An Actual SERIES of Unfortunate Events

Not to brag, but as a child I was lucky enough to have the whole Series of Unfortunate Events book set in hard cover. Those page-turners taught me tons of new words and concepts and overall matured my reading level. So I am and have always been a major fan.

The alliteration of the titles, the sarcasm, the feeling of not being treated like a child by the author (it’s a thing, trust me) made these books perfect for me. I was always a mature reader, but it was difficult to find an appropriate read that didn’t insult my intelligence. Hopefully, I’m not the only one who feels this way.

(Although completely off-topic, I want to also add that any parents who thought these unfortunate events are too unfortunate for children are seriously over-protective. These stories can give children nightmares only if they were the slightest bit realistic. But they are not, and they never will be, even to gullible children. I, a very gullible child, could not believe that the grown adults in the story couldn’t see right through Count Olaf’s countless awful disguises. But I digress.)

Anyway, when I heard that they were making a movie out of it in 2004, I was more than excited. I thought there were going to be 13 movies to enjoy, starring Jim Carrey who was my favorite actor at the time. It was going to be the best thing that ever happened in my short life.


What I got was about three of the books scrunched up into one movie. The comedy was there, the sarcasm, the…unfortunate-ness. But there was so much missing from the film, as is what always happens when Hollywood foolishly tries to shove tons of amazing content into a 2-hour movie. Although, they couldn’t have made billions of more dollars on the creation of 13 individual movies that isolated each book in all their greatness.

Alas, we were stuck with it, until now. Netflix, as they did with The Little Prince, took something from my childhood and resolved to turn it into something half watchable. They took A Series of Unfortunate Events and turned it into…well, an actual series of unfortunate events.

I’m only a rookie binge-watcher, as I get quite sad when I watch things too quickly and have nothing left to consume my time. It’s the same feeling I get when I finish a particularly delightful book. So I have just finished the second episode.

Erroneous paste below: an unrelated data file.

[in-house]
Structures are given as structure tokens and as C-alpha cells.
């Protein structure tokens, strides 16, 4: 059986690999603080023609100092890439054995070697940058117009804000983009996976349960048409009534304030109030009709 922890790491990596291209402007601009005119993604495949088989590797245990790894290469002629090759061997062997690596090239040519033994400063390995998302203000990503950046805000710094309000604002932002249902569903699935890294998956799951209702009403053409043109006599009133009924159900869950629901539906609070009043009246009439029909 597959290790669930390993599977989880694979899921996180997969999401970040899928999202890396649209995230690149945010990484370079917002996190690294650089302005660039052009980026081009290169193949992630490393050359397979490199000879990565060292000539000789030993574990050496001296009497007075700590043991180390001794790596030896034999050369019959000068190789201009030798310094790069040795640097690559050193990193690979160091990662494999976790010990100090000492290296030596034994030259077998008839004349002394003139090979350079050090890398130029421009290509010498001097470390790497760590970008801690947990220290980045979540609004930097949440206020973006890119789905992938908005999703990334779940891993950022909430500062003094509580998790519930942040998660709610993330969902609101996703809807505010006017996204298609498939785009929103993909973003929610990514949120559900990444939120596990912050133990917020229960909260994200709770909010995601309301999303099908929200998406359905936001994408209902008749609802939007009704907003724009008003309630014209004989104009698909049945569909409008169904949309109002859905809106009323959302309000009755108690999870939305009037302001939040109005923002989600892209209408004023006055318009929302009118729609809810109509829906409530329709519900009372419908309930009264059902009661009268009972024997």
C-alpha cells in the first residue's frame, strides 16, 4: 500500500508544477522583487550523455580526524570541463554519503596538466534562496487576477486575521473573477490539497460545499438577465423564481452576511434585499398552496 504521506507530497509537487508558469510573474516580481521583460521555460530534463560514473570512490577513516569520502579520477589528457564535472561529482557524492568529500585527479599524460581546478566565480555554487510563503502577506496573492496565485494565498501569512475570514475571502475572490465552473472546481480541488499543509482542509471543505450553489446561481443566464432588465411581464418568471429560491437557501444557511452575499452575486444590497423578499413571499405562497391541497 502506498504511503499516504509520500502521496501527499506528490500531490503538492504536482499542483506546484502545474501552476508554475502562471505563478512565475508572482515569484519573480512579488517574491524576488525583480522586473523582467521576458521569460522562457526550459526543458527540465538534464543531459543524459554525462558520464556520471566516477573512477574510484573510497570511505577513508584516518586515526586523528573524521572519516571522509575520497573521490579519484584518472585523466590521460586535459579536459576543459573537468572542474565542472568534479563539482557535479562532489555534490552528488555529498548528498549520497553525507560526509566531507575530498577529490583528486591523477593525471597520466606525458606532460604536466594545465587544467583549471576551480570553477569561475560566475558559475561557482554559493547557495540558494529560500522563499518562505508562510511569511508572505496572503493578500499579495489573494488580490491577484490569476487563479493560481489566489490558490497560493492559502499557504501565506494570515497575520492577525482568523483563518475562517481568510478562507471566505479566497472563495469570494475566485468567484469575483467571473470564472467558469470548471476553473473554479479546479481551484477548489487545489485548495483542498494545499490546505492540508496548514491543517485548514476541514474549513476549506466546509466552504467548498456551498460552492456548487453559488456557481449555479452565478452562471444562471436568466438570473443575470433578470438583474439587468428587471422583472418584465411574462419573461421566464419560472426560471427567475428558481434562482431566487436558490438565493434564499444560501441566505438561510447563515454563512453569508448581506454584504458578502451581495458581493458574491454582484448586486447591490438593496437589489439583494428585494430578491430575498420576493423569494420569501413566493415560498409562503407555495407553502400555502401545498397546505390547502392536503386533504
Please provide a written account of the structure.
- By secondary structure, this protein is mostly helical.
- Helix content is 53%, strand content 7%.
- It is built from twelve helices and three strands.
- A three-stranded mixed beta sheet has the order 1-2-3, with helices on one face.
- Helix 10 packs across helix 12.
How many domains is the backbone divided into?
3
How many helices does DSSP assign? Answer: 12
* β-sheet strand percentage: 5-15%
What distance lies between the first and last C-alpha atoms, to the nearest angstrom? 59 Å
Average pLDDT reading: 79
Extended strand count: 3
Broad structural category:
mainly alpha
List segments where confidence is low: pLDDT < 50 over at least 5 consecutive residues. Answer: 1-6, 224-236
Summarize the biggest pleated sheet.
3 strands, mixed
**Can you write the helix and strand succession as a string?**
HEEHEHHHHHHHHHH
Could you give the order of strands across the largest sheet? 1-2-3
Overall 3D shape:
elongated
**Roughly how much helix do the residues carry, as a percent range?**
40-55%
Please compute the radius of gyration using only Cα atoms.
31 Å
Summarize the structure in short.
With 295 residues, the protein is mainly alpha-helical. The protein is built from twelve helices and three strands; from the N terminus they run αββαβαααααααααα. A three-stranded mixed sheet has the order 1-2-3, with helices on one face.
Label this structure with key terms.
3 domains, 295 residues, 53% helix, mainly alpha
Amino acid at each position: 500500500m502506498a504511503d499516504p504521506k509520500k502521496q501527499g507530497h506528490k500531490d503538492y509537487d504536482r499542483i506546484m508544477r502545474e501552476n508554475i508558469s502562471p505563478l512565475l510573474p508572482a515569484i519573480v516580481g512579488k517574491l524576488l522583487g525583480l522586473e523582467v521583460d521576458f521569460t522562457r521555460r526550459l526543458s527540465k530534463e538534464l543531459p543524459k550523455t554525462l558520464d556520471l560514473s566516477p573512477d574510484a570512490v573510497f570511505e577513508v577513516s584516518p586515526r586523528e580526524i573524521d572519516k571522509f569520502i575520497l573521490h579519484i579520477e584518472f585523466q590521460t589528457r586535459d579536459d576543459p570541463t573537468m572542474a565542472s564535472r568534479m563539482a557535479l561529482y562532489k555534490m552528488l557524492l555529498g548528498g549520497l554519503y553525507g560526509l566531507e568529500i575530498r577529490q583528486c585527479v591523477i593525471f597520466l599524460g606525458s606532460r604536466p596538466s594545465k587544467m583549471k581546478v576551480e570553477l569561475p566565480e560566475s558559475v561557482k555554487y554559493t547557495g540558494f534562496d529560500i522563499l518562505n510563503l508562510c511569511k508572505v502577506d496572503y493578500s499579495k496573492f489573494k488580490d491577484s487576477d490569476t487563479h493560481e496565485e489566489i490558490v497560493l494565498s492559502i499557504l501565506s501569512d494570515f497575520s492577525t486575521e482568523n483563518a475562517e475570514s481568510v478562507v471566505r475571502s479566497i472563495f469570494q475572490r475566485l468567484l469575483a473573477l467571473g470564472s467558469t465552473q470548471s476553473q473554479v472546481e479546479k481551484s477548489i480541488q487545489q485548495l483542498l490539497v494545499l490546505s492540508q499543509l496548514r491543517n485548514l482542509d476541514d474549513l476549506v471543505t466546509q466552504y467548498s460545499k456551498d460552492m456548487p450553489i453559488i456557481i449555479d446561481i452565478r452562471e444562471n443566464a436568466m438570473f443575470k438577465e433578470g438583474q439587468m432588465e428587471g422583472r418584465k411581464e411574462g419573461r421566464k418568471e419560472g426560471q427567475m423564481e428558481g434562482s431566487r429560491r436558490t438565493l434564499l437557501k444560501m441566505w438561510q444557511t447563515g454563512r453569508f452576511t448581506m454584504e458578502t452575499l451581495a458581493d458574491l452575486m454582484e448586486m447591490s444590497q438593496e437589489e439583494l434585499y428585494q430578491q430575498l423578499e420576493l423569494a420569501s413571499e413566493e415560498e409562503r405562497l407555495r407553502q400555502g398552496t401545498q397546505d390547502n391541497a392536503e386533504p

So far, so good. There a lot more details that I craved from the movie included in Netflix’s rendition. However, it only took two episodes to breeze through the contents of the first book of the series! At 13 books and two episodes per book, we may see 26 episodes at max. I’m not sure about anyone else – and I am also not sure if my crazy is showing with how much I care about this – but I would be left wanting more if 26 episodes is all this rendition of The Series of Unfortunate Events has to offer. Perhaps, as a child, the books seemed much longer than they really are.

As always, adult jokes have been added to appeal to the current adults watching. An example of something so “adult”, it shocked me: “Say your prayers, unless you’re atheist.” (said by the hook-handed henchman). Of course, children wouldn’t understand this – it may, in fact, elicit unwanted questions: “Mom, what’s atheist?”. That, among other seriously mature insinuations (including the reaction of the adults when Count Olaf revealed his intent to marry Violet for real), made this just like many of the other children-intended stories/films (it is PG, after all).

Keep an eye out for an update if my opinions change. I’m only two episodes in, as I said. I will also update if I should ever get over my obsession with movies being exactly like their books (which is never).



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